by Dr. Matt Friedeman
“Run in such a way as to get the prize.
Everyone who competes in the games goes into strict training.
They do it to get a crown that will not last; but we do it to get a crown that will last forever.”
(1 Cor. 9:25)
At the NCAA Track and Field Championships my final year in college, I gathered with a number of athletes and coaches to watch the shot put competition. I was half-watching, half-lamenting that my career as a discus thrower was now over, when an athlete from another university looked over at me and said that one of the most prominent coaches in the nation, sitting right in front of us, had talked about me during the discus contest. I asked Tom Tellez, the great coach from Houston, what he had said. He mentioned that if I could just get rid of that little hop in the middle of my spin, I would have thro
wn 18-20 ft. further on that day.
“What!” I said. Tellez, the Tellez, thought I could have thrown a lot farther if I had better form? Well, why hadn’t my coach, the famous and much respected Bob Timmons, told me?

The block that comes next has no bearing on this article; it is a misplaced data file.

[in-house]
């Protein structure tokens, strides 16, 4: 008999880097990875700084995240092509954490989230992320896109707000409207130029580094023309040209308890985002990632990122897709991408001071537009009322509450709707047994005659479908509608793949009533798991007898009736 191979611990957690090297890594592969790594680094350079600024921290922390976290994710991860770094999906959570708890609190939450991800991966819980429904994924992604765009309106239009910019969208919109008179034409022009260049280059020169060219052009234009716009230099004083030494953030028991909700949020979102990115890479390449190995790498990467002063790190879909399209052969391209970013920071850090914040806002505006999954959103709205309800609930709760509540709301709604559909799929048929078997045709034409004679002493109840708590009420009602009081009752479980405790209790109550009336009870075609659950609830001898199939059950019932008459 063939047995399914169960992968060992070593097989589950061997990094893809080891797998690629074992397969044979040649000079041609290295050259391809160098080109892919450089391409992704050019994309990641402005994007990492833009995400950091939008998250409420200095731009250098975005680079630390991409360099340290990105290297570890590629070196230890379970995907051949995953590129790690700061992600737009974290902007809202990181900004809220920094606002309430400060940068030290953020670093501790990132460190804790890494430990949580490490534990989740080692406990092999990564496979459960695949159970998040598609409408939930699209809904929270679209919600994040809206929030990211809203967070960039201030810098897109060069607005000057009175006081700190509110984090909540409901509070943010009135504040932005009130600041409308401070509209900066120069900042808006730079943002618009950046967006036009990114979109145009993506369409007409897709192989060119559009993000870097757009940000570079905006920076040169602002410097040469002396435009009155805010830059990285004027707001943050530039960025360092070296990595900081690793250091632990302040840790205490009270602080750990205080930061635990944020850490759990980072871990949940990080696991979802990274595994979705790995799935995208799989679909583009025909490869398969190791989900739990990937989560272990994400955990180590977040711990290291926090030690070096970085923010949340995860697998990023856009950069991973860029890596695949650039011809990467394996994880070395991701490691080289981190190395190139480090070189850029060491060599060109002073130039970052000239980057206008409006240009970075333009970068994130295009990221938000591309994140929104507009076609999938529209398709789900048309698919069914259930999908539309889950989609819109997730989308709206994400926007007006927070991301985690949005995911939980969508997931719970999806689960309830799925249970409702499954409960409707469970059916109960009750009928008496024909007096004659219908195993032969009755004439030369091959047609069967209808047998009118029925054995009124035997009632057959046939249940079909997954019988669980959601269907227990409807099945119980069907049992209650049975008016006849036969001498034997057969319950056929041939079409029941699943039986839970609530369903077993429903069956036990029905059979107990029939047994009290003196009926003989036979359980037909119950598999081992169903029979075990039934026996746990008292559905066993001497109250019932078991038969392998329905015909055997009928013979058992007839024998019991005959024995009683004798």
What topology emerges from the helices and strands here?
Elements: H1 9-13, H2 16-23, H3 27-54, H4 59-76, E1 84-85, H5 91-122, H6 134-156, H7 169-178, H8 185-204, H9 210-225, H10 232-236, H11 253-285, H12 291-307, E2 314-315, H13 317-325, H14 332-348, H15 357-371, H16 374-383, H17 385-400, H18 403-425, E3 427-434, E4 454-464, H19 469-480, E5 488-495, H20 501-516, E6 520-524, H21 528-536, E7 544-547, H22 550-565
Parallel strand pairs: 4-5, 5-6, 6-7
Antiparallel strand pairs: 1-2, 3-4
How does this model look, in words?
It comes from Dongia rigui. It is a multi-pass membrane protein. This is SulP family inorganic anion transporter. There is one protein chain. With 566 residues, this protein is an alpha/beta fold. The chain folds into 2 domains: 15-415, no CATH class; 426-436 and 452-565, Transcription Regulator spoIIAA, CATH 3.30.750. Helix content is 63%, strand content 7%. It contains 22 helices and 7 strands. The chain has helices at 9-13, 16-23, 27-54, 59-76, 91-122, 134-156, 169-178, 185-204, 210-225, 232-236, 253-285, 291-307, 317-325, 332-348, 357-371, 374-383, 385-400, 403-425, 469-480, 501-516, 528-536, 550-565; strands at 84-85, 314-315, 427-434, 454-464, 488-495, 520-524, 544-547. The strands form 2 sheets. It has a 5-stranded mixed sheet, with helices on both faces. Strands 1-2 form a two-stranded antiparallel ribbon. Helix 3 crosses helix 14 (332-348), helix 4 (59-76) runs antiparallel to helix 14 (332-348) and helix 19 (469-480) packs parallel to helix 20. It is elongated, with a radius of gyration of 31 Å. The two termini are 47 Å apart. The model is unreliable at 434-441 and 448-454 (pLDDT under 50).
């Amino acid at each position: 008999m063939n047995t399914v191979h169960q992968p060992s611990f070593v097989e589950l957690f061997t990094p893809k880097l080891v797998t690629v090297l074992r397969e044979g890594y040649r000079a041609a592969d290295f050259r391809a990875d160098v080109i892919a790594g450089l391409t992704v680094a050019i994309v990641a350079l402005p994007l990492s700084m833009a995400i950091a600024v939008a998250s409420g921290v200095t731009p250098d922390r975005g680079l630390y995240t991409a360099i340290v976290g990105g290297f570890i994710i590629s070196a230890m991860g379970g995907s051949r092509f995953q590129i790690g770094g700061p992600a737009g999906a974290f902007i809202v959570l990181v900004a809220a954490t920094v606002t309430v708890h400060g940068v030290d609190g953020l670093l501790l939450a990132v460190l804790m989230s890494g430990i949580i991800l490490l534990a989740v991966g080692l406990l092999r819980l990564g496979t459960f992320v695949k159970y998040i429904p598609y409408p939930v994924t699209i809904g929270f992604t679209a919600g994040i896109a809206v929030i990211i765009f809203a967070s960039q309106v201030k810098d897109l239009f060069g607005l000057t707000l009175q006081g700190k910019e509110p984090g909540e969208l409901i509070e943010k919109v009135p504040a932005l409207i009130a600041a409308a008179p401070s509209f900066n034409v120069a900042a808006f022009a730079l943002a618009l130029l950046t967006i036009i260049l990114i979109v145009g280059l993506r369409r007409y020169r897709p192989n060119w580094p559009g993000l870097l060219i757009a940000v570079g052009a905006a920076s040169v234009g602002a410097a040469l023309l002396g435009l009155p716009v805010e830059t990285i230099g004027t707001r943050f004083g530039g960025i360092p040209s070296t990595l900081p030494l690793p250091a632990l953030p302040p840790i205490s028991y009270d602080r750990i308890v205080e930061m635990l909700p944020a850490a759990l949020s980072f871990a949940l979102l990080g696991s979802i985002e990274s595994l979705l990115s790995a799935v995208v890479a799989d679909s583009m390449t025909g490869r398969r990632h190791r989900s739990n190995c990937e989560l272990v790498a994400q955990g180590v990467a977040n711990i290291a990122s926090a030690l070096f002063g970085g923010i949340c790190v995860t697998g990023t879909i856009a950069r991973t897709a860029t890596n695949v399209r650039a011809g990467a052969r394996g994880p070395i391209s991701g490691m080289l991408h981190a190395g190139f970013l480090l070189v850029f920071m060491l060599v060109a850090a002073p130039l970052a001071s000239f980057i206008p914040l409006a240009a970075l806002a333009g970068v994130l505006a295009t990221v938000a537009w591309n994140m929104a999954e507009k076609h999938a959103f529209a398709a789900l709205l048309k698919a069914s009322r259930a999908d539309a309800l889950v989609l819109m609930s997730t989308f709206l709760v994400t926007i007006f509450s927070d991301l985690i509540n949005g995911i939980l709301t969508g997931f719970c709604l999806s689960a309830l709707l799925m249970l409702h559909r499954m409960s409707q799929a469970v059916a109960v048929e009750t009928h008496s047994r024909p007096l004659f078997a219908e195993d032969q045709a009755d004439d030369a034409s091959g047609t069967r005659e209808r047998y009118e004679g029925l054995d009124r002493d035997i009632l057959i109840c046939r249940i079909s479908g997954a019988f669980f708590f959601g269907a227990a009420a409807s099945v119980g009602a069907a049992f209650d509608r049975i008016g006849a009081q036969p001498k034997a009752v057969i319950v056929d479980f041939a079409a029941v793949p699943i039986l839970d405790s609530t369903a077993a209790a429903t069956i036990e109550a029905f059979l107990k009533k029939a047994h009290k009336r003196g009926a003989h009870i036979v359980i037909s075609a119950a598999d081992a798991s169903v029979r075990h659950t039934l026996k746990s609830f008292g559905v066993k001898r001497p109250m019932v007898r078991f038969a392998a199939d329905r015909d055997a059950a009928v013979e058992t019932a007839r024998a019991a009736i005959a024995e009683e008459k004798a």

More than a little disgusted, I asked Coach Timmons about it later. He reminded me, much to my chagrin, that over and over he had tried to change my wretched form, including that little hop, but that I had always replied, “But, Coach, that’s just my style!” In other words, despite my coach’s efforts, I had rejected correction and fallen far short of a national championship.
There is no holiness without the humility that comes with accountability. We must be open to changing our lives and have open ears and an open mind to be ready to adjust our lives at any point where the Lord chooses. If not, we fall far short of our potential in Christ.